Here are a couple southern Christmas traditions you may not have heard of.
If you’ve worked with the Porch Company, you know we will always be true to a couple things. First, we are a porch builder through and through. There are many different structures an outdoor building company can focus on and most companies build them all. We’ve staked our claim in porch building because we believe that it delivers a better way of life. Our porches are about fresh air, relaxation, unwinding and spending quality time with people you cherish. We are also distinctly southern and distinctly traditional. As the holiday season calls us all to reflect and celebrate, we thought it would be fun to share some distinctly southern holiday traditions.
The roots of Southern Christmas traditions and celebrations run deep. The American South was making merry long before it became the standard practice for the rest of the country. In fact, Alabama was the first state to declare Christmas a legal holiday in 1836 with Louisiana and Arkansas following suit a couple of years later. Christmas wasn’t officially recognized as a federal holiday until 1870.
No holiday celebration is complete without garlands, greenery and traditional fare. Here are a couple other fun Christmas traditions that owe their roots to the south.
Magnolia and Pine Décor: We have the settlers that landed at Jamestown, Virginia to thank for this beautiful tradition. After they noticed pine was an evergreen, they began using it as a symbol of good fortune and hope. The use of magnolias and pine in décor was popularized in the South, it can now be seen in holiday swags, wreaths, and garlands all over the country.
Poinsettias: Poinsettias are known as the beautiful plant with red blooms synonymous with Christmas cheer. Originally the poinsettia was a popular decoration for the Christmas season in Mexico, and the botany-loving U.S. ambassador to Mexico, Dr. Joel Roberts Poinsett brought back clippings of the plant to his South Carolina home. The shape is said to be evocative of the Star of Bethlehem, and it’s popularity spread throughout the nation, especially after Congress declared Dec. 12 National Poinsettia Day. Nowadays the poinsettia is available in more colors than just red, including cream and various shades of pink, however for many Southerners, it is just not Christmas without a cheerful poinsettia gracing the mantle or as a holiday centerpiece.
Citrus Fruit: Stockings in the South weren’t always filled with candy and toys. A long-standing Southern Christmas custom is for parents to leave oranges in the fireside stockings of their children. The origins of this puzzling gift stemmed from the rarity of citrus fruits and the expense of such an extravagant gift. In much the same way other fruits, such as grapes, were considered a luxury during the 18th and even into the early 19th century, so was citrus. Southern port cities would welcome ships bearing citrus fruit from Florida, and pineapples and coconuts from the islands. They would usually arrive in the winter and were considered rare and costly delights.
It was until the advent of railroads that allowed faster shipping of perishables, however, citrus deliveries rarely spread beyond coastal areas. Even when the expensive fruit did arrive in rural Southern towns, they were deemed once-a-year treasures. The Southern Christmastime craving for the flavor of oranges also influenced the popularity of holiday recipe staple known as Ambrosia, and for many it’s just not Christmas without that. Citrus also appears frequently in Southern holiday décor in the form of slices for fragrant potpourri or as whole oranges in garlands.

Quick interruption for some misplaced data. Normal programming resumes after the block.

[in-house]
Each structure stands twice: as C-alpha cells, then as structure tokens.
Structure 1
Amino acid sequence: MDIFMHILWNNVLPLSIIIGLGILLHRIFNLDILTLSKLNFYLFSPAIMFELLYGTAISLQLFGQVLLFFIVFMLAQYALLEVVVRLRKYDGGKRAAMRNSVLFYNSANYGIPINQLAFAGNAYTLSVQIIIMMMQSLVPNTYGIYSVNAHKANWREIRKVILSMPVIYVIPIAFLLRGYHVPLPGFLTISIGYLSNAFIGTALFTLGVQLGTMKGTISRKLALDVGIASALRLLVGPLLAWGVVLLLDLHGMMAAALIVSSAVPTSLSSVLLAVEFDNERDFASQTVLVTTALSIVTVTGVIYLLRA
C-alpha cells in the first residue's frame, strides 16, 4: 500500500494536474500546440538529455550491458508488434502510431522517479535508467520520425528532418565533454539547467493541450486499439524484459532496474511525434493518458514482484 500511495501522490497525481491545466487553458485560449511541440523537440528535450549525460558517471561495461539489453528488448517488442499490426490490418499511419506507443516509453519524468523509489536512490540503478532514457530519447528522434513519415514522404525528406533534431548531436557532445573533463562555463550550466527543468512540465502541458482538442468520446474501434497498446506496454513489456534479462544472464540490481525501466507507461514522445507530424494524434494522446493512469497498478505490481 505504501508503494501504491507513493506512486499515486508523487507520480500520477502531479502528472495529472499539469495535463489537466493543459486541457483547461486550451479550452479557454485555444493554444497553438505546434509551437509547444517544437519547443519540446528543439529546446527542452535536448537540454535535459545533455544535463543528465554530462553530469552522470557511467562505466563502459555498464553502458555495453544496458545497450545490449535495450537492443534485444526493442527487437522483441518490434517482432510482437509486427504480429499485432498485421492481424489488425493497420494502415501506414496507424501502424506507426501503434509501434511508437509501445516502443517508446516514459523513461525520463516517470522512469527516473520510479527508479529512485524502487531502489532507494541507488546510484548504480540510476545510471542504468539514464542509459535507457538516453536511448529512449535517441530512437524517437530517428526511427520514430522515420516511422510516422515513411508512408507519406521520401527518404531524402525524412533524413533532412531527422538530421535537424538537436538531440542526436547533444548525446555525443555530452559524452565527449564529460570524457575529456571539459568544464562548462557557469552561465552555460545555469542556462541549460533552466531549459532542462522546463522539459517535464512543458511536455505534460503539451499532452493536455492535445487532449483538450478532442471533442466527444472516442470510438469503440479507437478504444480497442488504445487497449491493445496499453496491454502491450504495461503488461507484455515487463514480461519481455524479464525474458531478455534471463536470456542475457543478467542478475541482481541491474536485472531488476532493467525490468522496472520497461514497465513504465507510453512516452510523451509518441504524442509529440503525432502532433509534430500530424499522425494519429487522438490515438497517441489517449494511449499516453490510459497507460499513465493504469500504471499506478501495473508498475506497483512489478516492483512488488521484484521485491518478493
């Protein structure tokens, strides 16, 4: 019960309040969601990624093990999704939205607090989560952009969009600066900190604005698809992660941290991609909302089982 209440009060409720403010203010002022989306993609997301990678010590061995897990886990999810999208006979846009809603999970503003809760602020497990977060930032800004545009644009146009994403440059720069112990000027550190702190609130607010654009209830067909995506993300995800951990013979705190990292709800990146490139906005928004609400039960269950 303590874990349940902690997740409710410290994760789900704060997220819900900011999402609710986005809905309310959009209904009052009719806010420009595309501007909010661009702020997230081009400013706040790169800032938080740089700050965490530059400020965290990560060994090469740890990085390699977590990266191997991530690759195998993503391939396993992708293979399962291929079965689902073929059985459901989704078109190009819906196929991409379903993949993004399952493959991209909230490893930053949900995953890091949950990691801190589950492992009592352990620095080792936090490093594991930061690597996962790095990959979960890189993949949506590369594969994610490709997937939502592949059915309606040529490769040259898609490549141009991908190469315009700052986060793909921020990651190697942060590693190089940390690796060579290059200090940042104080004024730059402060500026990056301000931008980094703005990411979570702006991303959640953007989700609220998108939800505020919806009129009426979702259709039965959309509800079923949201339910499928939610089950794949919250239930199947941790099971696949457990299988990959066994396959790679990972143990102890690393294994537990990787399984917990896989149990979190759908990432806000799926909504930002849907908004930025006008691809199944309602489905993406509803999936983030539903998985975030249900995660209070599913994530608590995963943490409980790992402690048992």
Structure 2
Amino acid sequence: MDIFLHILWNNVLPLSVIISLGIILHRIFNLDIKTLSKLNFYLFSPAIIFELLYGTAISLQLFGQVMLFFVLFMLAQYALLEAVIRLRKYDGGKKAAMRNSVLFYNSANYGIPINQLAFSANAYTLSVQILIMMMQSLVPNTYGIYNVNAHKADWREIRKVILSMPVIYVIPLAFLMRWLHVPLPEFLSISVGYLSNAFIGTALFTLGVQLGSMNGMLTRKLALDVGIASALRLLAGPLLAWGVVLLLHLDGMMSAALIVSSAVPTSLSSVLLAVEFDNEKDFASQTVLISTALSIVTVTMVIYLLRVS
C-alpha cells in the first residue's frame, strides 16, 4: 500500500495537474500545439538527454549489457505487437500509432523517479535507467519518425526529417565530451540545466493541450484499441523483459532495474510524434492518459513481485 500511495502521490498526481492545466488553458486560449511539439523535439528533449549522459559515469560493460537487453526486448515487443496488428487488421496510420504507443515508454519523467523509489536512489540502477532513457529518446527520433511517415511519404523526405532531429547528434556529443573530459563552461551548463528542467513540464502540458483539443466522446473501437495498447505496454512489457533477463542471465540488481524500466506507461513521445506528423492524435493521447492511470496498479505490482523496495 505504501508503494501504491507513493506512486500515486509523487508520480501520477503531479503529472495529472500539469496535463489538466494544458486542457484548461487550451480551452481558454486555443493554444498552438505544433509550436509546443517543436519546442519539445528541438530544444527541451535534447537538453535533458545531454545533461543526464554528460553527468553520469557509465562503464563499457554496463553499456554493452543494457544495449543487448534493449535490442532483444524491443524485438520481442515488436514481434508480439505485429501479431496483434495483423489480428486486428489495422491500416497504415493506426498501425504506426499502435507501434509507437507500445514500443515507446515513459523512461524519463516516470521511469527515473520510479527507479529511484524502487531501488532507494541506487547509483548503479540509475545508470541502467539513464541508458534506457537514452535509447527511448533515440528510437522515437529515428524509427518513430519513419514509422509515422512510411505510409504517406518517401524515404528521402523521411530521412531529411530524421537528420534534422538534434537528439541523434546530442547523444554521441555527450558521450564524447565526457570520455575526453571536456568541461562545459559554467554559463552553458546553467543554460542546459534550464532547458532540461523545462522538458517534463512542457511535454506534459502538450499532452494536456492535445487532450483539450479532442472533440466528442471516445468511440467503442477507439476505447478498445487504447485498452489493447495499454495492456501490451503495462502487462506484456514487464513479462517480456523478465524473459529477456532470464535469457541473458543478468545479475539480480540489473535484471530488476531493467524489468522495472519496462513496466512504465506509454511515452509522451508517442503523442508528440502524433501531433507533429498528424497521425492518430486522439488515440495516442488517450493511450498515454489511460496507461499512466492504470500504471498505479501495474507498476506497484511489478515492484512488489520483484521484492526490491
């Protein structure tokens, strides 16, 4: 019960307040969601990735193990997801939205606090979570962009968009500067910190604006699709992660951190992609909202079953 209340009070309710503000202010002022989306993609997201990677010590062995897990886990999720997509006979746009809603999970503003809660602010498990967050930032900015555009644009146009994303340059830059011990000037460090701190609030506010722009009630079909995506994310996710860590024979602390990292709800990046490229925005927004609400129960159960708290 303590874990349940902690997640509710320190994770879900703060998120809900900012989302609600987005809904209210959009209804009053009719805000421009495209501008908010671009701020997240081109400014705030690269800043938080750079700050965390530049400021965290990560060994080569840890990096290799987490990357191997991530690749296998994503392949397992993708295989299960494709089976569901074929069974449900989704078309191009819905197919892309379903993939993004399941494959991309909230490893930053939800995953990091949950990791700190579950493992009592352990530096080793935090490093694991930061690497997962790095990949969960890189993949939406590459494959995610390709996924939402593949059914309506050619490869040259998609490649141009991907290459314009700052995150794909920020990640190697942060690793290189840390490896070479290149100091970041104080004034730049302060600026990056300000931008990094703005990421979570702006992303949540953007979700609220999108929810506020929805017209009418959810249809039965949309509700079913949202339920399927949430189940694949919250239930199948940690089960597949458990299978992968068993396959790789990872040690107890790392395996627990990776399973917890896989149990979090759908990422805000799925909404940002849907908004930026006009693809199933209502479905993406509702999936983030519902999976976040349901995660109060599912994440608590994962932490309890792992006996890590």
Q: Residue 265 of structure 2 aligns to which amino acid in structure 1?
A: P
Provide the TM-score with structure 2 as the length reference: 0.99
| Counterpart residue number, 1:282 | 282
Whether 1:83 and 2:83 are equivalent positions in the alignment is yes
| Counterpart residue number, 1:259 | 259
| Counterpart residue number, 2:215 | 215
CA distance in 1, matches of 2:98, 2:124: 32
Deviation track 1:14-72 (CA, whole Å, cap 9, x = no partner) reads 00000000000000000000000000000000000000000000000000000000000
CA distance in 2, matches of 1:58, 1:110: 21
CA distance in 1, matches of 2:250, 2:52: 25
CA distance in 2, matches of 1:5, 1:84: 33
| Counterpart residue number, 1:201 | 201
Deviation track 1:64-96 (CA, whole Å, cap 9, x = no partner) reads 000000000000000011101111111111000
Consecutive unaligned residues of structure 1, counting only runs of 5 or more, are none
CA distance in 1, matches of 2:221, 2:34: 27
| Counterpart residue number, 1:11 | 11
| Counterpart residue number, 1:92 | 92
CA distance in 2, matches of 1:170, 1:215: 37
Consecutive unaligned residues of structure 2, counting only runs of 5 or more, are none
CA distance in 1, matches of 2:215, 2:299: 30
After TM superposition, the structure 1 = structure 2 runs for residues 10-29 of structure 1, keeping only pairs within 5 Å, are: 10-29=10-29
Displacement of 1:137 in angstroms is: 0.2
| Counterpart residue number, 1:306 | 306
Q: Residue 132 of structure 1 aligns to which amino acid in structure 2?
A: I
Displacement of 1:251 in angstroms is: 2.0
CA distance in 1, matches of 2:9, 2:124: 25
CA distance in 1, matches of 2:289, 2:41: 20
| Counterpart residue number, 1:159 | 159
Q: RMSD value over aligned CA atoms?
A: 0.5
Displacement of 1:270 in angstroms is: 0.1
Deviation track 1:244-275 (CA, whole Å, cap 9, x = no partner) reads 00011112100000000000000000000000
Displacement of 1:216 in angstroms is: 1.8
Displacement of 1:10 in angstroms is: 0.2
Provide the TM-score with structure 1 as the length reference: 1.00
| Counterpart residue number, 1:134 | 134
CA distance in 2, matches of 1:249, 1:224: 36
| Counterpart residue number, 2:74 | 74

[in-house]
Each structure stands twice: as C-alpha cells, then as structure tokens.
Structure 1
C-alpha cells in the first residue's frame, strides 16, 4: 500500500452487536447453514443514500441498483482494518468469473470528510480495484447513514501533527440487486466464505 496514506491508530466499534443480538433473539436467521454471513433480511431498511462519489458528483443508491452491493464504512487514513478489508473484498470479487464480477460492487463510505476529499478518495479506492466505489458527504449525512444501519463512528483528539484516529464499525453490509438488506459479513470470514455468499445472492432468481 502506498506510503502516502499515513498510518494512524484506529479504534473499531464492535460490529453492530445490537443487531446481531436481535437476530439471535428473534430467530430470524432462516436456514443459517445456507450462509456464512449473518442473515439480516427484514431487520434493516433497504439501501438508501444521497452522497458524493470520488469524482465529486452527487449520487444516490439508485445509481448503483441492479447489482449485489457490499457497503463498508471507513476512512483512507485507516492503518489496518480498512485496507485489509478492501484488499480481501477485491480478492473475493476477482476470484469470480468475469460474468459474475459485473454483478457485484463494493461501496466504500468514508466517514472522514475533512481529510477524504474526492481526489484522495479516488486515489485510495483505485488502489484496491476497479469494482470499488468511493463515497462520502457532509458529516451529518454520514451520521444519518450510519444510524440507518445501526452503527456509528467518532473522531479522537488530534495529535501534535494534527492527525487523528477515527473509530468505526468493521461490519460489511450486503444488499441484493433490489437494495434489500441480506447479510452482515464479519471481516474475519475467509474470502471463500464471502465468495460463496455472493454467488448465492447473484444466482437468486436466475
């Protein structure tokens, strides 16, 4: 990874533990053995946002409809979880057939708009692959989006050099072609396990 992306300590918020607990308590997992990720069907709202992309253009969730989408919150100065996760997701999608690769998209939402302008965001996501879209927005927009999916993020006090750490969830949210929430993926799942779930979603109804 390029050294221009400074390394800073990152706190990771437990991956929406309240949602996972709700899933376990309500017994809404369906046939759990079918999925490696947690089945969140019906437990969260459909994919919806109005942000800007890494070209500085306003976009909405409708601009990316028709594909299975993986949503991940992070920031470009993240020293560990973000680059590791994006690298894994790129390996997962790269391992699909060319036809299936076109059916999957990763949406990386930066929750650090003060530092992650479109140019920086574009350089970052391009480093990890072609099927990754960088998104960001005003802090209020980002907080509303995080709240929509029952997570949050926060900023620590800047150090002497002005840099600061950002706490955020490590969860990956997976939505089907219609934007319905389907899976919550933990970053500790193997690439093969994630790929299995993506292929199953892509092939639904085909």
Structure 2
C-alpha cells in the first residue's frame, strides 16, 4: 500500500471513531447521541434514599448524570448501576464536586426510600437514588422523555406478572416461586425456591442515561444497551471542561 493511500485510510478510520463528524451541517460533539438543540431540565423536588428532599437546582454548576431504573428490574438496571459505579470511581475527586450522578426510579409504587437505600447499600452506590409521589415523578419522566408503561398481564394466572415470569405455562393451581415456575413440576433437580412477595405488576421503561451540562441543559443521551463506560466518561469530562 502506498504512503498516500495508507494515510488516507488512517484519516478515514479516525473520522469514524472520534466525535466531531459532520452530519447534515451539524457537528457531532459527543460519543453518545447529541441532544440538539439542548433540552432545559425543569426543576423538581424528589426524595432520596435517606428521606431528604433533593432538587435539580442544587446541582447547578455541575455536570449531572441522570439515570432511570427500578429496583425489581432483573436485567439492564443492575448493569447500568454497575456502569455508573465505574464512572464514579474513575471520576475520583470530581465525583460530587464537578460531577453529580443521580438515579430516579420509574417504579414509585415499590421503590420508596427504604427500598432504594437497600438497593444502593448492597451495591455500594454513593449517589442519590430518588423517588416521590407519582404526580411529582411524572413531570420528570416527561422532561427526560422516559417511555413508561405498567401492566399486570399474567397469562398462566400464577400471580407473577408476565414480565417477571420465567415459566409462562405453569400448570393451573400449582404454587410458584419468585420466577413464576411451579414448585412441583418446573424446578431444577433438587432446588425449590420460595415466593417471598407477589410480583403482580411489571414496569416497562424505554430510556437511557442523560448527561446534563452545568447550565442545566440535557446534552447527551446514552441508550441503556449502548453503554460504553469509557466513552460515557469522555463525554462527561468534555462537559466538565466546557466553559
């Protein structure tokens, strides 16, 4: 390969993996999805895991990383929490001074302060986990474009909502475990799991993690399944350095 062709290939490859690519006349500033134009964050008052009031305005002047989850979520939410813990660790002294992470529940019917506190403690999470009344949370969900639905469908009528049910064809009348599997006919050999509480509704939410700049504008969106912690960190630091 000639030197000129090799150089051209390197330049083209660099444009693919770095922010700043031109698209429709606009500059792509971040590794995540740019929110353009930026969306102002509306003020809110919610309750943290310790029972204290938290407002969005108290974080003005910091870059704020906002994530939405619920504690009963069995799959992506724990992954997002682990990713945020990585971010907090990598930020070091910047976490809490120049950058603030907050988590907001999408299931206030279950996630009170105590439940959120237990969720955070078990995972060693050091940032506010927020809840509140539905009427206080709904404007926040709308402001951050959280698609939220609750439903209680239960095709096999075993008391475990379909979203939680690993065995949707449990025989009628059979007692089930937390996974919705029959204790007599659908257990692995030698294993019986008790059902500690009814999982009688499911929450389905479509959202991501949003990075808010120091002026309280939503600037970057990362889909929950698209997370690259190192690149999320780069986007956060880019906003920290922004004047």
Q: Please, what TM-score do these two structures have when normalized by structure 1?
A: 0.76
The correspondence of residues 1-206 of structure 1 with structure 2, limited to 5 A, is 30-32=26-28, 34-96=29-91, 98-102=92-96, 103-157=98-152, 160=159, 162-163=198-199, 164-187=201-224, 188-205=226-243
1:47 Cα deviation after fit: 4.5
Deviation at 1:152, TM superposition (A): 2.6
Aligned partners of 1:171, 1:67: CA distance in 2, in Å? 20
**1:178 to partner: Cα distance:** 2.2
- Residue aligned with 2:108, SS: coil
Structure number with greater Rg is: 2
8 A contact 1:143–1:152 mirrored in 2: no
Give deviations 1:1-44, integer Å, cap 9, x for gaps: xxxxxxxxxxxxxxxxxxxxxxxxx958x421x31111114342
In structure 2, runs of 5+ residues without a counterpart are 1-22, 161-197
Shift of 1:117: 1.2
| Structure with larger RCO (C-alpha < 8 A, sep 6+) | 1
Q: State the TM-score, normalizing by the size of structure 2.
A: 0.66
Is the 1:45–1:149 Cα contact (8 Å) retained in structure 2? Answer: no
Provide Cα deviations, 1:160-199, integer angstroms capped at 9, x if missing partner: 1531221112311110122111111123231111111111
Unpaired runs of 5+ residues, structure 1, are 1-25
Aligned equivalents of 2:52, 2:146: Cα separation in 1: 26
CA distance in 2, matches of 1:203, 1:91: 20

Pecan Pie Though the proper pronunciation can be a hard nut to crack, whether you say Puh-kahn or Pee-can doesn’t matter when you sit down to a piece of this holiday treat. Pecan pie was developed right here in the South. According to folklore, French settlers in Louisiana developed the holiday dessert along with divinity and pralines, two other pecan-based treats that have become treasured holiday items. It only stands to reason that pecans would become a staple for desserts here in the South since the harvest season for pecans runs September thru December; pecans are readily available. Their abundance and availability have made them a favorite flavor for the Christmas season and keep nutcrackers busy at holiday parties.
The Old Calendar: If you ever travel to Cape Hatteras or NC’s Outer Banks during late December to Early January you may witness the celebration of Christmas twice! This is because in 1752, England adopted the Gregorian calendar, which shortened the year. On North Carolina’s Outer Banks, the English settlers didn’t get the word for decades and had been unknowingly celebrating the holiday when they always had, on what, in the new calendar, was Jan. 6.
Outer Banks residents, being an independent bunch, decided that the old date was fine and continued to observe the holiday in January. That’s the legend, anyway… today, residents have found a place for both holidays. Christmas Day is celebrated as a time for traditional family get-togethers and Jan. 6, called Old Christmas, is a big community party.
The list of distinctly Southern Christmas traditions is long and colorful, and we wouldn’t have it any other way. Just like every other holiday in our culture, Christmas in the South is full of beauty, grace, and family. Take time this holiday season to reflect upon your treasured family Christmas traditions. There’s nothing like Christmas in Dixie!
“Christmas in Dixie, it’s snowin’ in the pines
Merry Christmas from Dixie, to everyone tonight”
— Christmas in Dixie, Alabama, 1982
Merry Christmas, Happy Holidays and Happy New Year to all, from the Porch Company.